Template: Pico-2CH-RS232 Guide

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How to Use Pico

Download Firmware

  • MicroPython Firmware Download

MicroPython Firmware Download.gif

  • C_Blink Firmware Download

C Blink Download.gif

Hardware connection

When connecting PICO, please pay attention not to connect in the opposite direction. The direction can be judged by observing the USB screen printing end of the module and the USB interface of the Pico (also can be judged by the pin label of the platoon master on the module and the pin label of the Pico).
You can also wire it according to the table below:

RS485 Pico Description
VCC VSYS Power input
GND GND Ground
TX_CH0 GP0 UART transmit pin
RX_CH0 GP1 UART receive pin
TX_CH1 GP4 UART transmit pin
RX_CH1 GP5 UART receive pin

Connection

The connection of the RS485 board is the same as the Pico-2CH-RS232.
Pico-2CH-RS232-details-3.jpg

Setup environment

To setup the Pico for working, please refer to the official guide: https://www.raspberrypi.org/documentation/pico/getting-started/

Download example

Open a terminal and run the follow command

sudo apt-get install p7zip-full
cd ~
sudo wget  https://www.waveshare.com/w/upload/6/6a/Pico_2CH_RS232_Code.7z
7z x Pico_2CH_RS232_Code.7z -o.
cd ~/Pico_2CH_RS232_Code
cd C/build/

Run the examples

C codes

  • The following tutorials are operated on the Raspberry Pi, but as CMake has multi-platforms and is portable, it can be successfully compiled on the PC, but the operation is slightly different, and you need to judge by yourself.

To compile, make sure you are in the c directory:

cd ~/Pico_2CH_RS232/C/

Create the build folder and add the SDK path to it:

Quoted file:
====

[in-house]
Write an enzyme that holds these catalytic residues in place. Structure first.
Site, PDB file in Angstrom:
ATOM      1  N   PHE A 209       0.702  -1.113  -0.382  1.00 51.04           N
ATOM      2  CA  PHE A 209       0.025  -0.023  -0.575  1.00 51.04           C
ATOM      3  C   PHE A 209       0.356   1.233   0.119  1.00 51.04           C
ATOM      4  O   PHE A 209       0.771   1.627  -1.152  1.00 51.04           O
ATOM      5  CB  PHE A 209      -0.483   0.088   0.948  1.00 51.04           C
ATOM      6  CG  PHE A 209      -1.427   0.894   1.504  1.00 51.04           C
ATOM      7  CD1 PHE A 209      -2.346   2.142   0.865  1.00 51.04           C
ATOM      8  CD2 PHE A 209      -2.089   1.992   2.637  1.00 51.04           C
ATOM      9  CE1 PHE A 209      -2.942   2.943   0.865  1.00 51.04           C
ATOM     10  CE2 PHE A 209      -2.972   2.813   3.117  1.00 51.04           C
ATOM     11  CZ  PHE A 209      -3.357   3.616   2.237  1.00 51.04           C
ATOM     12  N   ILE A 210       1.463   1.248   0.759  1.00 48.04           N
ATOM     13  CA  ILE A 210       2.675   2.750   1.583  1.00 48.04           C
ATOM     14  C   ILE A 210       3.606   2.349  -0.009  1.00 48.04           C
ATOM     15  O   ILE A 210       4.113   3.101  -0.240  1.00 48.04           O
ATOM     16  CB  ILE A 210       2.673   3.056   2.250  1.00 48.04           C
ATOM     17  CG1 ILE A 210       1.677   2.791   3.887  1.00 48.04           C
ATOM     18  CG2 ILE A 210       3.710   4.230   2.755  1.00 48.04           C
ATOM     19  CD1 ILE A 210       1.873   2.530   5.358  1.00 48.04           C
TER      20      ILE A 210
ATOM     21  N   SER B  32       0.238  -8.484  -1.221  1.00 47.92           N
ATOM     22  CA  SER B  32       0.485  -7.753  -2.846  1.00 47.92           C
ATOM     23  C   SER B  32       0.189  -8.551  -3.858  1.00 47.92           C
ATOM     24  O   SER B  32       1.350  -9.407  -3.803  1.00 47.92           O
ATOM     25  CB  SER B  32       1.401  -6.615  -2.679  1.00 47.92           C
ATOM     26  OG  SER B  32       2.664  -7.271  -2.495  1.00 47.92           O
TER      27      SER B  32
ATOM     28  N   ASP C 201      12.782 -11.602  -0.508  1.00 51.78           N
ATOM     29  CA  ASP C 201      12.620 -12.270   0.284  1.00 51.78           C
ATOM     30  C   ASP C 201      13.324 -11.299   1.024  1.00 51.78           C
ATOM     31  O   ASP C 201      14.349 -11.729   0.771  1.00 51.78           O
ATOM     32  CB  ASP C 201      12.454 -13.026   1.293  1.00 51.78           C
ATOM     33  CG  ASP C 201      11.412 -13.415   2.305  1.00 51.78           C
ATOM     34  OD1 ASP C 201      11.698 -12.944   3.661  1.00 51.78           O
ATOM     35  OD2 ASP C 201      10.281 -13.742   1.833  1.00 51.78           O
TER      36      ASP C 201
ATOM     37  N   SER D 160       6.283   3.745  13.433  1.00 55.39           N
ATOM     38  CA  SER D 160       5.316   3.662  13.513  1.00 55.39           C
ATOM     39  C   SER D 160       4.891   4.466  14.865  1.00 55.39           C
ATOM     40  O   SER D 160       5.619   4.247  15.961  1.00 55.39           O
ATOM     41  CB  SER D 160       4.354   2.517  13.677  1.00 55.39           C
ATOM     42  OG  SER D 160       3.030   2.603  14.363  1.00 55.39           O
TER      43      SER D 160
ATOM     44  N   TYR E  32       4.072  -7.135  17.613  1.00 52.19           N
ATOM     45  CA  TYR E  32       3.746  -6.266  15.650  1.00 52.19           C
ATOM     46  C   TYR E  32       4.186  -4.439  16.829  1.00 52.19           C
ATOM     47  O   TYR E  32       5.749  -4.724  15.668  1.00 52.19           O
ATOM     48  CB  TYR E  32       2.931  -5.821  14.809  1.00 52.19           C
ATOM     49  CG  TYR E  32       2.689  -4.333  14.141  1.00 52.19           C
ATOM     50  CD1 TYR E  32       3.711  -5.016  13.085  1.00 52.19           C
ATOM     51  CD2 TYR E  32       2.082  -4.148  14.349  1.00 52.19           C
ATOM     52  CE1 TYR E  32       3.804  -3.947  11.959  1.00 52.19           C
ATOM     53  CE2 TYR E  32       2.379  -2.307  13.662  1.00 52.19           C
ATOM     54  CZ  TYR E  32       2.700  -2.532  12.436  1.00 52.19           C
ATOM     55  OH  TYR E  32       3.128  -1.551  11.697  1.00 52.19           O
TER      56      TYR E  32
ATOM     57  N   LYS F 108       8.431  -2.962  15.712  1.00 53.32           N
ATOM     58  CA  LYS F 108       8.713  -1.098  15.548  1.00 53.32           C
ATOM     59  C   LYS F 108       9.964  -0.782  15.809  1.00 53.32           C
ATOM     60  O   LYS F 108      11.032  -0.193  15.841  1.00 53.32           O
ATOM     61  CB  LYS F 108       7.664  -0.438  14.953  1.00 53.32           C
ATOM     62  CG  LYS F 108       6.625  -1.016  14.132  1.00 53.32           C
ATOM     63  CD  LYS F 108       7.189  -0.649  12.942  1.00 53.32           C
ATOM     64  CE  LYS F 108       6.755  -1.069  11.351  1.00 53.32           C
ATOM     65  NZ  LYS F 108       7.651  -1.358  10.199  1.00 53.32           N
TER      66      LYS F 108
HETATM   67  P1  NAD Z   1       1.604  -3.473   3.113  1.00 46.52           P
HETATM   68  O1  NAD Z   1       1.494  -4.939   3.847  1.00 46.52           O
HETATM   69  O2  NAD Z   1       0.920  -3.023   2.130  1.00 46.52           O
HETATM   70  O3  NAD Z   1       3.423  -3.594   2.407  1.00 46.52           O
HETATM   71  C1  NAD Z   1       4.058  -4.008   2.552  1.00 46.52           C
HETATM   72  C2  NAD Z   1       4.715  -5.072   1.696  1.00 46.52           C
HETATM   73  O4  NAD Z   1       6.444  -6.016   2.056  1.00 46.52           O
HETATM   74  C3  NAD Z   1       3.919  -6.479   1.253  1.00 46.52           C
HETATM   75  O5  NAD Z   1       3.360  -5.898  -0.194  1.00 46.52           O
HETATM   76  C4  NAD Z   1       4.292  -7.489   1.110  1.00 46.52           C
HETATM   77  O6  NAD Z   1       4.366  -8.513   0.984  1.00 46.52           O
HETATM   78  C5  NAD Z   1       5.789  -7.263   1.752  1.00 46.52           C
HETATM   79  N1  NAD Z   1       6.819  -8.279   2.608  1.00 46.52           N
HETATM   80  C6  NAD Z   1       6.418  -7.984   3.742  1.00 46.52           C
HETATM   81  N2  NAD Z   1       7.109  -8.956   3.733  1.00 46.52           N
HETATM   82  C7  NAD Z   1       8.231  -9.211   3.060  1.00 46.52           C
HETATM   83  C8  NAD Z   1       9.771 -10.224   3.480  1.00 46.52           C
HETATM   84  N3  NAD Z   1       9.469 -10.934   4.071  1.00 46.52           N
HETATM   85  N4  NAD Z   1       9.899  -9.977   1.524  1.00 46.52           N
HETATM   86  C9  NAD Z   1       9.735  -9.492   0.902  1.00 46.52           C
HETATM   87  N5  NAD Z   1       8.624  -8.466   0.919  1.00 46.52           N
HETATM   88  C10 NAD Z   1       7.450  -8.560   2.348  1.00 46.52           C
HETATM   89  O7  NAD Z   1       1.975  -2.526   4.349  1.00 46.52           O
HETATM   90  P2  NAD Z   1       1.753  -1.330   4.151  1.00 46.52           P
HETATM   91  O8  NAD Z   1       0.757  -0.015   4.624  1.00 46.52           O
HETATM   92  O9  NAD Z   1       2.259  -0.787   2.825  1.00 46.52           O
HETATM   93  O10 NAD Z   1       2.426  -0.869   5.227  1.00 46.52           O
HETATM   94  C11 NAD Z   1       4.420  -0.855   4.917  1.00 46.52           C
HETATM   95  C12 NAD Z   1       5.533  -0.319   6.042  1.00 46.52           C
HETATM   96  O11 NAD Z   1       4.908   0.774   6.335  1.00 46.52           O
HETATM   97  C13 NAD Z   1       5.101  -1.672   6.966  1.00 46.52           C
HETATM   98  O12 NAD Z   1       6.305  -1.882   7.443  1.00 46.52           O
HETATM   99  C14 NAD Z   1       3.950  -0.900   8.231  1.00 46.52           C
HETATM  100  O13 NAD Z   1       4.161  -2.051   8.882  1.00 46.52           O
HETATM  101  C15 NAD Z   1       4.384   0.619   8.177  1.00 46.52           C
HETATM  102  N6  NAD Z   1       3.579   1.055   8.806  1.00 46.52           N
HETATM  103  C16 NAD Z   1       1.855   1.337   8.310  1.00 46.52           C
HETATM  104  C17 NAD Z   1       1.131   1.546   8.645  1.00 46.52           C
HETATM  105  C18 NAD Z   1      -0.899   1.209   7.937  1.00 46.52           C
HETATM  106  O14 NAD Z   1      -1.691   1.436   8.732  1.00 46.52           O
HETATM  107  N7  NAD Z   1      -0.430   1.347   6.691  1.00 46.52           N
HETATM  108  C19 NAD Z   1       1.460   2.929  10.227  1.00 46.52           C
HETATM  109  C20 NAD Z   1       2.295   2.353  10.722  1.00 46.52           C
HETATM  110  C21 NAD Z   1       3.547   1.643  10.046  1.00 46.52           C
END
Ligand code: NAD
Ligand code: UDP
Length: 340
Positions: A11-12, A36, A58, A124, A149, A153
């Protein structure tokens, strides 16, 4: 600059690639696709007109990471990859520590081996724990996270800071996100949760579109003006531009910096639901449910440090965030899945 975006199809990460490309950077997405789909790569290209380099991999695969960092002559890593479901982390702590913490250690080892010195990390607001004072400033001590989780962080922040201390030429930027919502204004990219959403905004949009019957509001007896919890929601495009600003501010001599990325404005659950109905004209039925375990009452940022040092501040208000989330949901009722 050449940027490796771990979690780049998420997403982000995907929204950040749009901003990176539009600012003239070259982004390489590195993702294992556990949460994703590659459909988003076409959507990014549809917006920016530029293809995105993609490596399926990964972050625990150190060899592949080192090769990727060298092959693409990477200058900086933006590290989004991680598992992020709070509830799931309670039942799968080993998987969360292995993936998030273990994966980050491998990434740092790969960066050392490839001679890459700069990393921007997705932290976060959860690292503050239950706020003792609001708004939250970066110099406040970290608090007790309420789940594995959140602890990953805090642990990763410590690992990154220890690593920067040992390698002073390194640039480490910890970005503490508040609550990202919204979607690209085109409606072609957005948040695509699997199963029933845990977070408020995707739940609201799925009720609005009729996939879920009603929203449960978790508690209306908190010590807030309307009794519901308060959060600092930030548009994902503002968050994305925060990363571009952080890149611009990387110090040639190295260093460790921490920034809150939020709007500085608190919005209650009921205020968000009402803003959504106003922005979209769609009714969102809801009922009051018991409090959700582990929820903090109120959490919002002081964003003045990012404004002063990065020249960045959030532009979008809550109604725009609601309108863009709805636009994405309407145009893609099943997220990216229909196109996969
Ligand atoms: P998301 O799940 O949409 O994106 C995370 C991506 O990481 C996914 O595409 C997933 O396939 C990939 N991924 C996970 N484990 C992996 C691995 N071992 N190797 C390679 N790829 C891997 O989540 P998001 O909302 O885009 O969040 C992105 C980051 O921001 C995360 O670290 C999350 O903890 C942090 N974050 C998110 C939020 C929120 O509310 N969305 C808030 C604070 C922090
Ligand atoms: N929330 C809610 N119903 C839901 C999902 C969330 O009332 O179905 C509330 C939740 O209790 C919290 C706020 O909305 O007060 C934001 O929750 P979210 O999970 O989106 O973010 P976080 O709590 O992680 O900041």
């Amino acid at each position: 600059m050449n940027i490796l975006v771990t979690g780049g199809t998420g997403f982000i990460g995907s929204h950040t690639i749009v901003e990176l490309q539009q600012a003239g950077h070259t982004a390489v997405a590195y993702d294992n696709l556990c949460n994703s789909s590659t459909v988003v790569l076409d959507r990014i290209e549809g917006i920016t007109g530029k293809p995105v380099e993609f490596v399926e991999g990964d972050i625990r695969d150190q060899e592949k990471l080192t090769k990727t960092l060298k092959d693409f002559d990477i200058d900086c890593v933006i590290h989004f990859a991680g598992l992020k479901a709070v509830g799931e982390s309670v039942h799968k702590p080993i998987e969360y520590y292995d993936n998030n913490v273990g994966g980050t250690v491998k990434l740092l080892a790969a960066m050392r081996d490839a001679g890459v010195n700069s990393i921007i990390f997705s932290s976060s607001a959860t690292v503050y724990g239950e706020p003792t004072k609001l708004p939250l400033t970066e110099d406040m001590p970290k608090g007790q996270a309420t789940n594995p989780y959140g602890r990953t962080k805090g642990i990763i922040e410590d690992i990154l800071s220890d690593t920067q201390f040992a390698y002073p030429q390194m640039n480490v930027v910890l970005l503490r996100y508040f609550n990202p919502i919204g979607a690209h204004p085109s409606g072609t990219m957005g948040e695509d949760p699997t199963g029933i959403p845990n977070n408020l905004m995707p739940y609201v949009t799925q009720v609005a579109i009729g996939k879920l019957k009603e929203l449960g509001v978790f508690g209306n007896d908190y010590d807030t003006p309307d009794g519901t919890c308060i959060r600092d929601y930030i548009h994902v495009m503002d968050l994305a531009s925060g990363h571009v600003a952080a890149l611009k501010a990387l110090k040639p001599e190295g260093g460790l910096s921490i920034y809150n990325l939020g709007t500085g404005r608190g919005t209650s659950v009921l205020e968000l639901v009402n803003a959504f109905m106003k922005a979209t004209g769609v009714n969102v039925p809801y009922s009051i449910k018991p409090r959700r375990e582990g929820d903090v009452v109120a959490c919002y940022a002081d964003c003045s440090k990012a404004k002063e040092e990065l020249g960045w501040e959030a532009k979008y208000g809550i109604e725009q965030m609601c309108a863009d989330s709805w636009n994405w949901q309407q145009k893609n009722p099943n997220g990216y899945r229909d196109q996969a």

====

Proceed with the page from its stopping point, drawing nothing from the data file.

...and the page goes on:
By default, the ../../pico-sdk is the path of SDK.
We have created the build folder in examples, you can just enter it.
Note: If the actual path of your Pi is different, you need to write the correct path.

cd build
export PICO_SDK_PATH=../../pico-sdk

Run the cmake to generate Makefile file.

cmake ..

Run the make command to build the codes and generate an executable file.

make -j9

After building, an uf2 file is generated. Press and hold the key on the Pico board to connect the Pico to the Raspberry Pi's USB port via the Micro USB cable, then release the key. Once connected, Raspberry will automatically recognize a removable disk (RPI-RP2). Copy the file main.uf2 in the corresponding folder to the recognized removable disk (RPI-RP2).

cp main.uf2 /media/pi/RPI-RP2/

Python codes

Use in Windows

  • 1. Press and hold the BOOTSET button on the Pico board, connect the pico to the USB port of the computer through the Micro USB cable, and release the button after the computer recognizes a removable hard disk (RPI-RP2).
  • 2. Copy the rp2-pico-20210418-v1.15.uf2 file in the python directory to the recognized removable disk (RPI-RP2).
  • 3. Open Thonny IDE (Note: Use the latest version of Thonny, otherwise there is no Pico support package, the latest version under Windows is v3.3.3).
  • 4. Click Tools->Settings->Interpreter, select Pico and the corresponding port as shown in the figure.

Pico-lcd-0.96-img-config.png

  • 5. File -> Open -> the corresponding .py file, click to run, as shown in the following figure:

Pico-Thonny-v1.15.jpg
This demo provides a simple program...

Run in Raspberry Pi

  • Hold the BOOTSET key of Pico board, then connect the Pico to Raspberry Pi by USB cable, then release the key.
  • Once the removable disk (RPI-RPI2) is recognized, copy the rp2-pico-20210418-v1.15.uf2 file to pico.
  • Open the Thonny IDE in Raspberry Pi, update it if it doesn't support Pico
  • Configure the port by choosing MicroPython(Raspberry Pi and ttyACM0 port) in Tools -> Options... -> Interpreter

Pico-lcd-0.96-img-config2.png
If your Thonny doesn't support Pico, you can update it with the following command:

sudo apt upgrade thonny
  • Choose File->Open...->python/ and select the corresponding .py file to run the codes